Where Will Ferrell's past catalog, including "Anchorman," "Semi-Pro," and "Blades of Glory," features absurdism with just a dash of realism, his new movie "The Campaign" hits a note much closer to home, which is as sad a phenomenon as it is a funny one. Though Ferrell has never been mistaken for mockumentary visionary Christopher Guest, the silliness surrounding our current political system makes "The Campaign" look much more like "Waiting for Guffman" or "Spinal Tap" than "Step Brothers" or "Talladega Nights".
Though the laughs aren't plentiful, they are are woven into a larger statement, and this is far closer to political satire than anything we've seen since Oliver Stone's "W." Overall, this is a good thing, if not for the hilarity of the film itself, at least for its cultural significance as the spectacle of the November elections looms.
Cam Brady (Ferrell) is a five-term congressman from the fictitious 14th District of North Carolina. He's a democrat, but he's much more of the blue-dog variety, as he constantly name-checks "Jesus," "Freedom" and "America" in his stump speech. A giant flag pin adorns his lapel. He's running unopposed, enjoying an illicit affair and dodging any and all questions of substance.
Unfortunately for Cam, The "Motch Brothers" decide to intercede and run their man, Marty Huggins (Zach Galifianakis), against him in the 14th. Marty has never run for anything, but his father was a political operative under Jesse Helms, and he can awkwardly claim the mantle of the Republican Party, especially given no one else has bothered.
What's interesting about the caricatures is how they take pains to say "this isn't a skewering of the individual parties ... so much as a skewering of the whole idea." Marty Huggins is an effeminate tour guide who just loves helping people, so they have to "macho" him up to make him fit within his party. Gone are his twin pugs, replaced by a chocolate lab and a golden retriever, because those dogs "test well".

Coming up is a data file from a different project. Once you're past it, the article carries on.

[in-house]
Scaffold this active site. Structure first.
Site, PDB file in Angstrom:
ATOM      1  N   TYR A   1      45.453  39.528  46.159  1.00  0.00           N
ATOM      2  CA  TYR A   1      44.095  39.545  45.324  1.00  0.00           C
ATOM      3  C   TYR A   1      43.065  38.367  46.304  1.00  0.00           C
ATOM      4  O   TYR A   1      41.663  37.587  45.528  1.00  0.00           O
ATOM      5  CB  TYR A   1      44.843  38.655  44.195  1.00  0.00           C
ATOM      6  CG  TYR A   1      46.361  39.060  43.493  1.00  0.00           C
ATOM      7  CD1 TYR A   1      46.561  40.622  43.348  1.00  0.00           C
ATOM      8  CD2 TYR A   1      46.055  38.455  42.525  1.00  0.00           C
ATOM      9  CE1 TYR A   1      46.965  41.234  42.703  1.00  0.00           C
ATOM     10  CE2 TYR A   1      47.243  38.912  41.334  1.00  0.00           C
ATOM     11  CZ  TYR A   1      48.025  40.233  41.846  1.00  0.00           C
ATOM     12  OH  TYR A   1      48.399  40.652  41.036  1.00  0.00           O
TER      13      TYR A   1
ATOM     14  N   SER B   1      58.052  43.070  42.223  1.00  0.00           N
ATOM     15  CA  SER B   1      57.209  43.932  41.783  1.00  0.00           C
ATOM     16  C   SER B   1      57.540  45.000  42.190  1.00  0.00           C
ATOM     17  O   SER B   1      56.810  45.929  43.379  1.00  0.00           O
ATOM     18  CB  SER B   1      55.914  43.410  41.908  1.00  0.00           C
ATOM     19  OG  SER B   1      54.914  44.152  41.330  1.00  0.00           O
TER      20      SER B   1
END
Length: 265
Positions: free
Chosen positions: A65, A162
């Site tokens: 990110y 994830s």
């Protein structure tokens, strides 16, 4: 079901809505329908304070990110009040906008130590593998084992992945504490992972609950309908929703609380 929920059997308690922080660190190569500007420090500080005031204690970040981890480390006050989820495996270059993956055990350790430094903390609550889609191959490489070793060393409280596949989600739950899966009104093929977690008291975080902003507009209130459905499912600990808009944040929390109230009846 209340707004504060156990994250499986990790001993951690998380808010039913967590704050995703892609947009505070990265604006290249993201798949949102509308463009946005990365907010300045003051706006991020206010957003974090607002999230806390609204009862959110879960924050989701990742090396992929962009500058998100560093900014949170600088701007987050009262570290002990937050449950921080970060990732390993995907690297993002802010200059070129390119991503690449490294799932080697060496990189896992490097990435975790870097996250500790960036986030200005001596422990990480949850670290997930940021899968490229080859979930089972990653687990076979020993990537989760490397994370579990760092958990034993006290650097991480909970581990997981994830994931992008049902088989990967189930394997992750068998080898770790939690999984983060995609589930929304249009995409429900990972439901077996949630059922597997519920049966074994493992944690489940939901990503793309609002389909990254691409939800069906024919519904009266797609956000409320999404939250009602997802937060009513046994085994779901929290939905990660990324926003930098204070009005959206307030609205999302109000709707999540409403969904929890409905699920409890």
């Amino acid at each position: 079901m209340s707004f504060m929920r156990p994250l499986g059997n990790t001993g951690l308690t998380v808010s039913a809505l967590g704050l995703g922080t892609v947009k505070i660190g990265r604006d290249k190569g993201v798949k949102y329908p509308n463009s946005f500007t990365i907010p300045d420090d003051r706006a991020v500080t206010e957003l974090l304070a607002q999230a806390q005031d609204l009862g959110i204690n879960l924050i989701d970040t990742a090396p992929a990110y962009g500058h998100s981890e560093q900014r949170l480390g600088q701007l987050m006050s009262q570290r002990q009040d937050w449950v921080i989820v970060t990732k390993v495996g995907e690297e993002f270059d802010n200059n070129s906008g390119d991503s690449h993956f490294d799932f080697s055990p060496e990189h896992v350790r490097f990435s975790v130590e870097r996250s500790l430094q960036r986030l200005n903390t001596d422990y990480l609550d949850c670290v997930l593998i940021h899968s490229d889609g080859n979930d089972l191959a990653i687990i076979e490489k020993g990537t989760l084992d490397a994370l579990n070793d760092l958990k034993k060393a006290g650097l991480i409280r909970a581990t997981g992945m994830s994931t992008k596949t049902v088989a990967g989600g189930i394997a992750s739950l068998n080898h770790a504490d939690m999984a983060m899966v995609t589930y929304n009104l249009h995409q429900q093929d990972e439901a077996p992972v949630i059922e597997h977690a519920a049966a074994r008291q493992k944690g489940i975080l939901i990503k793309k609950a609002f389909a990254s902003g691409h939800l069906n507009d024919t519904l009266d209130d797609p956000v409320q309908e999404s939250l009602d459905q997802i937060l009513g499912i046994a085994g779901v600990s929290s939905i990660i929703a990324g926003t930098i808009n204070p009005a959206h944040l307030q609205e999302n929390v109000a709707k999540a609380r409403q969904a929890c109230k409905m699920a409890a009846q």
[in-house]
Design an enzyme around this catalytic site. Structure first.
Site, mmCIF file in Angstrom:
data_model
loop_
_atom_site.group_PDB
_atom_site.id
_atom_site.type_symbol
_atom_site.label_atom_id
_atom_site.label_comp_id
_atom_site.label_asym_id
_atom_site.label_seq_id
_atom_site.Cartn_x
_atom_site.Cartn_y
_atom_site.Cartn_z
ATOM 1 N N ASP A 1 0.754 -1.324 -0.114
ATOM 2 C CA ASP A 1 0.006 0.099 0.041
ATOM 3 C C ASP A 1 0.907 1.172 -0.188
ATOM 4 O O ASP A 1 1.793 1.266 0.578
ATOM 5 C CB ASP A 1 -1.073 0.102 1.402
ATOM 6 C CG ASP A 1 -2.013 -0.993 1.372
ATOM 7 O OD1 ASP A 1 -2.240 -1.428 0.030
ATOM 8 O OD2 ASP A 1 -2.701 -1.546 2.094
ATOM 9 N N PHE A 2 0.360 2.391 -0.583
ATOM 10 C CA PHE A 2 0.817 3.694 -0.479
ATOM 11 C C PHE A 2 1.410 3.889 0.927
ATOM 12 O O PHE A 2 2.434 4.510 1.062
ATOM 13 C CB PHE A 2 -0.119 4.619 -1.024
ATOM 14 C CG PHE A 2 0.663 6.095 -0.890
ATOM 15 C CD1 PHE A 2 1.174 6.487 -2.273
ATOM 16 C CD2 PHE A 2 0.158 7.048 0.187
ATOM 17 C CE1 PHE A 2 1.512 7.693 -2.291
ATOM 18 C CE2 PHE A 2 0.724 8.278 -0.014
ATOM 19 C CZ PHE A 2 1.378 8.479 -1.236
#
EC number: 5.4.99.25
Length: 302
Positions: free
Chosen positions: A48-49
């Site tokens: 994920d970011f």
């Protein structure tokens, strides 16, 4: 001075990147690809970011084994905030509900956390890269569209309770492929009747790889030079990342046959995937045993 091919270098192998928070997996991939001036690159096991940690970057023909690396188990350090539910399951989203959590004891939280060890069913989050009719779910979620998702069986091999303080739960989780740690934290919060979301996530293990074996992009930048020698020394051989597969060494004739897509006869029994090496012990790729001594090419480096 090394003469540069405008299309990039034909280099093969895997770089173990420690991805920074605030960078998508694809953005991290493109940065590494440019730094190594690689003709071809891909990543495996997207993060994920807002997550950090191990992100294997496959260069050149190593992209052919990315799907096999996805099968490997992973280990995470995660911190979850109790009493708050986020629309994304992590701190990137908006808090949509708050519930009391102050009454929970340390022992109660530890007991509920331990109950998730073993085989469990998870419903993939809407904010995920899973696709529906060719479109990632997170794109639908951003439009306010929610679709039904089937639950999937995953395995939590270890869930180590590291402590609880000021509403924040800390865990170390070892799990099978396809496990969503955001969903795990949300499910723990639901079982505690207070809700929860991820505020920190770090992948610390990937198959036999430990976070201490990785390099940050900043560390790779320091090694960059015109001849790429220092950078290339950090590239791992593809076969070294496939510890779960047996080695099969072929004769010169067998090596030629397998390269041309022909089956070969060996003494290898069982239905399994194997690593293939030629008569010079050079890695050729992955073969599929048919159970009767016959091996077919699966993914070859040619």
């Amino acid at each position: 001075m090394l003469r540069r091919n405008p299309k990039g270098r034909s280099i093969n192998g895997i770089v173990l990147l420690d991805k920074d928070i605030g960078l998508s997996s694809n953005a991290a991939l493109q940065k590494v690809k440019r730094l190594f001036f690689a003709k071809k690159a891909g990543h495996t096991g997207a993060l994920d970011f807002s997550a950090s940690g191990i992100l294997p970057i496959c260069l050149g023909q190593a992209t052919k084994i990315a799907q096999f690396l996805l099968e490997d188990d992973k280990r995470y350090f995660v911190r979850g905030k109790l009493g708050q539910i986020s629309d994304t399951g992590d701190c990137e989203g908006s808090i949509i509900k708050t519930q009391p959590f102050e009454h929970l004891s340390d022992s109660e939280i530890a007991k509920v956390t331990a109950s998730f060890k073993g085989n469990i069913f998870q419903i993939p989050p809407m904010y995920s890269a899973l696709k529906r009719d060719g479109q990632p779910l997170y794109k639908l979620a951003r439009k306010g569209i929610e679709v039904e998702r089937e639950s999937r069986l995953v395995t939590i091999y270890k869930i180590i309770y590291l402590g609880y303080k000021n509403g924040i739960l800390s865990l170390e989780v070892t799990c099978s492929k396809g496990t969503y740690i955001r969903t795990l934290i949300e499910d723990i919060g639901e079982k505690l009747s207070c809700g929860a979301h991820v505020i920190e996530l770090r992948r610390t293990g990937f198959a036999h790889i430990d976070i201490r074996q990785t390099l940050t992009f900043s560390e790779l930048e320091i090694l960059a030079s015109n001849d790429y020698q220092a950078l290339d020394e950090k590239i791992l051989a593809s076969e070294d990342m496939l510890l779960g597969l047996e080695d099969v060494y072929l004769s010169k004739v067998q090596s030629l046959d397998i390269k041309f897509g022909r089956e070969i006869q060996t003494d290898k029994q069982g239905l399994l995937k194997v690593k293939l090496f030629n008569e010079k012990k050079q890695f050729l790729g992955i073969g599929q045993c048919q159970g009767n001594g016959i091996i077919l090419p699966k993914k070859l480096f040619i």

Cam Brady isn't a rehash of Will Ferrell's George W. Bush impression, quite the contrary; he goes out of his way to affect an entirely new accent and persona. Cam is highly competitive, but articulate in a "politician" sort of way. He connects with people, though it's apparent that it's all style over substance.
The hardest stance the film takes is with Glen (John Lithgow) and Wade Motch (Dan Aykroyd), preening and wheeling hucksters who are clearly are a play on The Koch Brothers, and a not-too-subtle one at that. In "The Campaign," the brothers want to bring a Chinese factory to North Carolina and waive the minimum wage. They'll need a Congressman in their pockets to do so, which is precisely where Marty comes in. Though the game is rigged, "The Campaign" takes great and deliberate joy in laughing at the entire enterprise.
Supporting actor Jason Sudeikis is largely misused, but Dylan McDermott scores copious amounts of laughs with his take on political operatives.
Where "The Campaign" is at its strongest is in the "debate" and "political advertising" moments. The debates are handled with all the gravitas of the fight scenes from "Rocky IV", only with none of the actual significance. It's a battle of who can out "catch phrase" the other, but everyone involved in the process looks like a straight up fool. The fake political ads are even better, so over the top and sinister, at one point even going the pornographic route. It's all in an effort to entertain, but it also reveals something about how elections are currently run -- and you don't want to see that sausage made.
Also compelling is how willing political commentators like Chris Matthews, Wolf Blitzer and whoever does "Morning Joe" were to examine the facile nature of their profession. As CNN, FOX and MSNBC breathlessly report each and every last Brady / Huggins altercation, it becomes clear, once again, that these types of stories aren't far enough from the truth to provide any real solace.
Are there laughs? Certainly. But, just as in the final scenes of "The Other Guys," the comedy is tacked onto a guy waiving his hands and begging you to notice that the joke is on us, the audience. This effort at tackling something "bigger" certainly drains the comedic vibe. But it's probably worth attempting.
During the"The Campaign," you'll have to laugh. Will and Zack will see to that, prodding and poking until you succumb. But the end goal? The takeaway? Maybe just that we're all unwitting accomplices in this grand comic tragedy.